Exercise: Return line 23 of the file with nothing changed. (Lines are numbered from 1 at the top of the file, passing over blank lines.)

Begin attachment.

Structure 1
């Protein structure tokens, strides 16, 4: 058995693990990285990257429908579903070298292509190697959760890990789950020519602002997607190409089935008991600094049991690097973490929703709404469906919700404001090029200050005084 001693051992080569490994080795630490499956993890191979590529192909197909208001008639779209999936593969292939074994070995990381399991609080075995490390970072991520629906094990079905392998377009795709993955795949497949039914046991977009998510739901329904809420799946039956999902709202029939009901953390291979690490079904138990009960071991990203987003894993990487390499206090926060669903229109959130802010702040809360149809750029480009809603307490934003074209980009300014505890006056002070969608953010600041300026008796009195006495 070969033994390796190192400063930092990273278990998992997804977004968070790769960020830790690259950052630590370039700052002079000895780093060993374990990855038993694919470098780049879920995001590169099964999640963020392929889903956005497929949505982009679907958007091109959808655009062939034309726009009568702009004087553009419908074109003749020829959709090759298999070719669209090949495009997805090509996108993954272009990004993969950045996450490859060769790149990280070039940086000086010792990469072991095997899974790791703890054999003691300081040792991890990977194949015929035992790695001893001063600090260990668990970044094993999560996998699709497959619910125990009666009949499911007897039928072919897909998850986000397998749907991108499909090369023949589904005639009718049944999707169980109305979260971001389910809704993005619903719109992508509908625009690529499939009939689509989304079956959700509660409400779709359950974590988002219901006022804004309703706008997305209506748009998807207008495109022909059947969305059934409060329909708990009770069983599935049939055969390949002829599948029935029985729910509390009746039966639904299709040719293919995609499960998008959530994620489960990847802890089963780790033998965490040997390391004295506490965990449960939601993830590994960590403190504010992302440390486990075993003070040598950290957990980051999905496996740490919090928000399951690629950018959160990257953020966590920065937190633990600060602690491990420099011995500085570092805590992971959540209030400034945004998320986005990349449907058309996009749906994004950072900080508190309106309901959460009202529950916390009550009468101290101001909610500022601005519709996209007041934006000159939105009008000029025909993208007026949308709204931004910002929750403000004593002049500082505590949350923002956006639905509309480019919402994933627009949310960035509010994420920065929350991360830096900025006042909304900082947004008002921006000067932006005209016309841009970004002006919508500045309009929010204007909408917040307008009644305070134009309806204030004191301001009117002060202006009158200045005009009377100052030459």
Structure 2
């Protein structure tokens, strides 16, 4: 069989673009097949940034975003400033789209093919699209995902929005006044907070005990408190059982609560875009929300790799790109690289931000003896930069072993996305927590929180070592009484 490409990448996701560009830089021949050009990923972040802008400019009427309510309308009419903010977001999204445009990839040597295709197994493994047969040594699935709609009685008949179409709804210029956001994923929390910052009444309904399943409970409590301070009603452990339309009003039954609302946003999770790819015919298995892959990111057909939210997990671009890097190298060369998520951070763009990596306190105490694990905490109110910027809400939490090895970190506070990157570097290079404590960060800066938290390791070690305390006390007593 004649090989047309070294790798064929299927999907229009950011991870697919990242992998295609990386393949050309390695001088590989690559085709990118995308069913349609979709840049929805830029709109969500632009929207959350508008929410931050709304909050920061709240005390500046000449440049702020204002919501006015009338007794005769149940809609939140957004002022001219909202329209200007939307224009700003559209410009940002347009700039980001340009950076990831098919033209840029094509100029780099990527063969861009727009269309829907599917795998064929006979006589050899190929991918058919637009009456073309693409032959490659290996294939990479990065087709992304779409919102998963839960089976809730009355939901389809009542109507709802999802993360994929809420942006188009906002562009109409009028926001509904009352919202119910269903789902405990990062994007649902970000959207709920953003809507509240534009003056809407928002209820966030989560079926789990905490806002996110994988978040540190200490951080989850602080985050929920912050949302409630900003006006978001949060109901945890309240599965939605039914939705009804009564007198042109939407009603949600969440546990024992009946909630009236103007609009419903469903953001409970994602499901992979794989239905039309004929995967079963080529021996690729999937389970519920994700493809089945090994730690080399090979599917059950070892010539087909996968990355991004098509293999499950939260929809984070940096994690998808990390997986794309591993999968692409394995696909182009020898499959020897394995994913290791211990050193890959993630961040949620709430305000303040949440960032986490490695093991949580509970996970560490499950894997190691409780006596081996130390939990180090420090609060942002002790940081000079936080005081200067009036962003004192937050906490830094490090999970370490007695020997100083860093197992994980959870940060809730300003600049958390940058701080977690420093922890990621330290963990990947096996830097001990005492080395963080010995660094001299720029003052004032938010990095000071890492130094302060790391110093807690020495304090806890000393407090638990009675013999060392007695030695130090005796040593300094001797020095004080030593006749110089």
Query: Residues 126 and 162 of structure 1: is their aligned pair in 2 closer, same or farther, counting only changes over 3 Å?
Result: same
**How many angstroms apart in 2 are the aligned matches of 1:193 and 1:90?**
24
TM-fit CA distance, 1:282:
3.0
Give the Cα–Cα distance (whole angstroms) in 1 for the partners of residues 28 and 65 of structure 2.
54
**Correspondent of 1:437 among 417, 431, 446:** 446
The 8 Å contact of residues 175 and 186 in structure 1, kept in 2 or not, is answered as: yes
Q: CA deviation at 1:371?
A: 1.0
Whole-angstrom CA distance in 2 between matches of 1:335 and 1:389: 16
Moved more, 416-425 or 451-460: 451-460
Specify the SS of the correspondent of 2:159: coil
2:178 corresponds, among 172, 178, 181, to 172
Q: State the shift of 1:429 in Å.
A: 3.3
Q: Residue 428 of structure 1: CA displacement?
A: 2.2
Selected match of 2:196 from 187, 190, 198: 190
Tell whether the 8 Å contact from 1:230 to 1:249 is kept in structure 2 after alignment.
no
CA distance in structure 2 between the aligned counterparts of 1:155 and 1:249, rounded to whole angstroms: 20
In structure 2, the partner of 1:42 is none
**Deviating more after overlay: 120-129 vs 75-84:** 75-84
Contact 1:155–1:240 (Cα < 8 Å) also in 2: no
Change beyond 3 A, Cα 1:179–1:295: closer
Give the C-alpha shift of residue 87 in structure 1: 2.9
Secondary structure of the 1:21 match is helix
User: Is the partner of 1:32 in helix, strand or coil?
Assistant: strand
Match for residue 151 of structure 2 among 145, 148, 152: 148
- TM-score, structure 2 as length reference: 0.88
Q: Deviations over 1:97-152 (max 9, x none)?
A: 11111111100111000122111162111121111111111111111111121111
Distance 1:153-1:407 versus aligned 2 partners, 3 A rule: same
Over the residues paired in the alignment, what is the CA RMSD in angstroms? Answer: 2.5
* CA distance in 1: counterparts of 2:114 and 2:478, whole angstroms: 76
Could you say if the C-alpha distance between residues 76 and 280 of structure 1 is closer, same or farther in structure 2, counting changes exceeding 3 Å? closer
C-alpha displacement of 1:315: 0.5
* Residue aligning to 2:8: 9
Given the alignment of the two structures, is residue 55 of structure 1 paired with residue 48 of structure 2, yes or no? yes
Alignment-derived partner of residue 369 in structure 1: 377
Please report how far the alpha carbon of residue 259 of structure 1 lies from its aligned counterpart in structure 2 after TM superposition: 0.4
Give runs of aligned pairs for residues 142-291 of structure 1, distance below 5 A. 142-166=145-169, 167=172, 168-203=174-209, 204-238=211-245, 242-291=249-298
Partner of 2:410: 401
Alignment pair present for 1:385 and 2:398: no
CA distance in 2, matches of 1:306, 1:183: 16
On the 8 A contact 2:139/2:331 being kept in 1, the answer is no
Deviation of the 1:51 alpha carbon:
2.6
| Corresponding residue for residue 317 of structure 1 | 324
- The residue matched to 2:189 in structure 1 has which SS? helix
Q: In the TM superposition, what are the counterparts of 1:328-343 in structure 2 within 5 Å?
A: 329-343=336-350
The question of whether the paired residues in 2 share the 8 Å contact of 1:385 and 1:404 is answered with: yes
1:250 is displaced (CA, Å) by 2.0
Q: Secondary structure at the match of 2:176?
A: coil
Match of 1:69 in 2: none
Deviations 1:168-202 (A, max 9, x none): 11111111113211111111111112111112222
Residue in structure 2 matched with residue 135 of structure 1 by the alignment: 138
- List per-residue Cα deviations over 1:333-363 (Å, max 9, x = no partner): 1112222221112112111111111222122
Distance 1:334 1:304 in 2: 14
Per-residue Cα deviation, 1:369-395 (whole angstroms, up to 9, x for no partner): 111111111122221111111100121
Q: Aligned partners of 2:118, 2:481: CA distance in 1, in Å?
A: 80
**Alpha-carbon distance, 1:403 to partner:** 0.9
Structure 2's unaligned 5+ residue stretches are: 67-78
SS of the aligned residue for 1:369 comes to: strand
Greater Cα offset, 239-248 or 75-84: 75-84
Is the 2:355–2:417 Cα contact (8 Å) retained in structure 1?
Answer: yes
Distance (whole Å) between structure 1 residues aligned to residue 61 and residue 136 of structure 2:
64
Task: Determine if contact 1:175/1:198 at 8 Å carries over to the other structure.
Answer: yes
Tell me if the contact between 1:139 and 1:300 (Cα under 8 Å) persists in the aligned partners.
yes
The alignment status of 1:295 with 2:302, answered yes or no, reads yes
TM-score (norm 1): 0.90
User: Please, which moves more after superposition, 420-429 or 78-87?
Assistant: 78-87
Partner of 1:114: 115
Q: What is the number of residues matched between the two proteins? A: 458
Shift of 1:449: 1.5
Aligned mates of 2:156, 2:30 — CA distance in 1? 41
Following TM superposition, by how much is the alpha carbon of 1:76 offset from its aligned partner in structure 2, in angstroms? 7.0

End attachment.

Q: Residue 428 of structure 1: CA displacement?